Charlie's Reviews > Cloud Atlas

Cloud Atlas by David Mitchell
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's review
Feb 04, 12

it was amazing
bookshelves: fiction, sci-fi, favorites
Read from January 23 to February 02, 2012

This book is amazing.

I placed it alongside the two other books on my shelf reserved for "Best Sci-Fi Books I Have Read"

Neuromancer by William Gibson
Dune by Frank Herbert

David Mitchell's book can be loved and appreciated on several levels. Here's a breakdown of some of the traits that impressed me:


Mitchell takes six different stories and weaves them all together effortlessly in a nested structure. It seems simple enough at first. Start story A and then shift to story B (where someone was reading/experiencing story A).

It's novelty is charming at first, but as you shift to that next story, you have that initial uneasiness of leaving a story dangling behind you. Luckily his flow is so sublime that you become easily absorbed within the next shift, and once you discover the actual configuration of these nested stories you will be delighted.

There is more to these shifts in narrative than just the time and place of the settings of each. They are crafted in a very deft way to accent and complement the works as a whole.

To put it crassly: Think "Lost" meets "Inception" but done right and well (without the bullshit and the confusion).


The individual stories span several story genres; from historical sea adventures and modern thrillers, to dystopic futures. Mitchell wields each handily and maintains a cohesiveness that some can't handle with just a single genre!


His characters feel real to me. They come from many different races, cultures, and times, but I felt connected to each one of them. I remember them quite distinctly, like someone I could've actually known. It's rare for me when reading an epic that I can actually have clear recollections and identification with so many different characters.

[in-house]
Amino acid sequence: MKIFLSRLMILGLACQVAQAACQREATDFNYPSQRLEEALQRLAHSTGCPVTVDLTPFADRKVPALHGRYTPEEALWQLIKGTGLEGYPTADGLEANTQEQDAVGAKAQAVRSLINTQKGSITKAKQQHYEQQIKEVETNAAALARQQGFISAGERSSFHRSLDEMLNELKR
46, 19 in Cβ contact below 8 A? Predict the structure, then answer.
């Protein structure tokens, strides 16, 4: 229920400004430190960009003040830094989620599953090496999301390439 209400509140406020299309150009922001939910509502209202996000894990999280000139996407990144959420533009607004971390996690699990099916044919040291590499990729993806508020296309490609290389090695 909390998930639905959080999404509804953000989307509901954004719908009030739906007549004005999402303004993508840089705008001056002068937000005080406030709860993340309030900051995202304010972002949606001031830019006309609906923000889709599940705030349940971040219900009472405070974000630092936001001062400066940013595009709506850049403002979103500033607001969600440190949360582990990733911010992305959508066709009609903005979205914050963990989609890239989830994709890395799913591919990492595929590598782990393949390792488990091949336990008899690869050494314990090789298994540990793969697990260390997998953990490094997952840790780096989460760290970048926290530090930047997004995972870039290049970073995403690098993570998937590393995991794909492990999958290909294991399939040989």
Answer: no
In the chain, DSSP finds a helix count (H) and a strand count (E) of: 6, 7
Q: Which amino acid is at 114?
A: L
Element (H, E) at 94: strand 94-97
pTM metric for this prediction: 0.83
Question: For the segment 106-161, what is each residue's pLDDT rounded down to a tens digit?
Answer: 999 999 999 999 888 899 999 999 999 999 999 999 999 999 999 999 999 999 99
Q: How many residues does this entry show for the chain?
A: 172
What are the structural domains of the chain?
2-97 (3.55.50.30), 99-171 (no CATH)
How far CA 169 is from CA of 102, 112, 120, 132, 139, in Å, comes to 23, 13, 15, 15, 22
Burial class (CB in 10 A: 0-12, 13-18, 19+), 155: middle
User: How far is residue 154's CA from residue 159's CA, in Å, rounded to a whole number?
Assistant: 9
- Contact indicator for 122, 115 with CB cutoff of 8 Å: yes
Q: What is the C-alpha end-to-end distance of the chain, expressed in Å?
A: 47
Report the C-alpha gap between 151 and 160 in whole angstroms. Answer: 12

The book moves at a brisk walk that does a good job of keeping that sensation of forward momentum and only dawdles occasionally (but when it does I never felt stagnant). Towards the second half of the book, it feels like you are locked into a smooth cruise control that ramps up just slightly enough to keep you exhilarated until the end.


So many different aspects of historical verasimilitude, cultural interactions, music, intrigue... damn. I felt surprised and giddy at many points with the stuff he could pull out of like nowhere!


Mitchell's ear for different languages, accents, and their use is wonderful music to mine own. Even better, listen to the audio version and really let that lingual juice seep into your headphones! Soooo good!


The style of the narratives is versatile. It adapts seamlessly to different parts of the book, and feels very polished and elegant.


Although this may be classified as a science fiction book, I think it transcends the bounds of its genre and stands as a solid piece of literature worthy of being taught in a classroom. Mitchell's command of so many different literary techniques as well as the substantive quality of the underlying themes of the book would even make English majors take notice.


It's also a damn good fucking read.

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Comments (showing 1-3 of 3) (3 new)

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message 1: by Soo (new) - added it

Soo Thoughts on it?

Charlie It was great. I'll post a review soon. :)

message 3: by Scott (new)

Scott Hey I have a question. Is this book explicit? Does it have profanity? Moreover, sexually explicit? Thanks!

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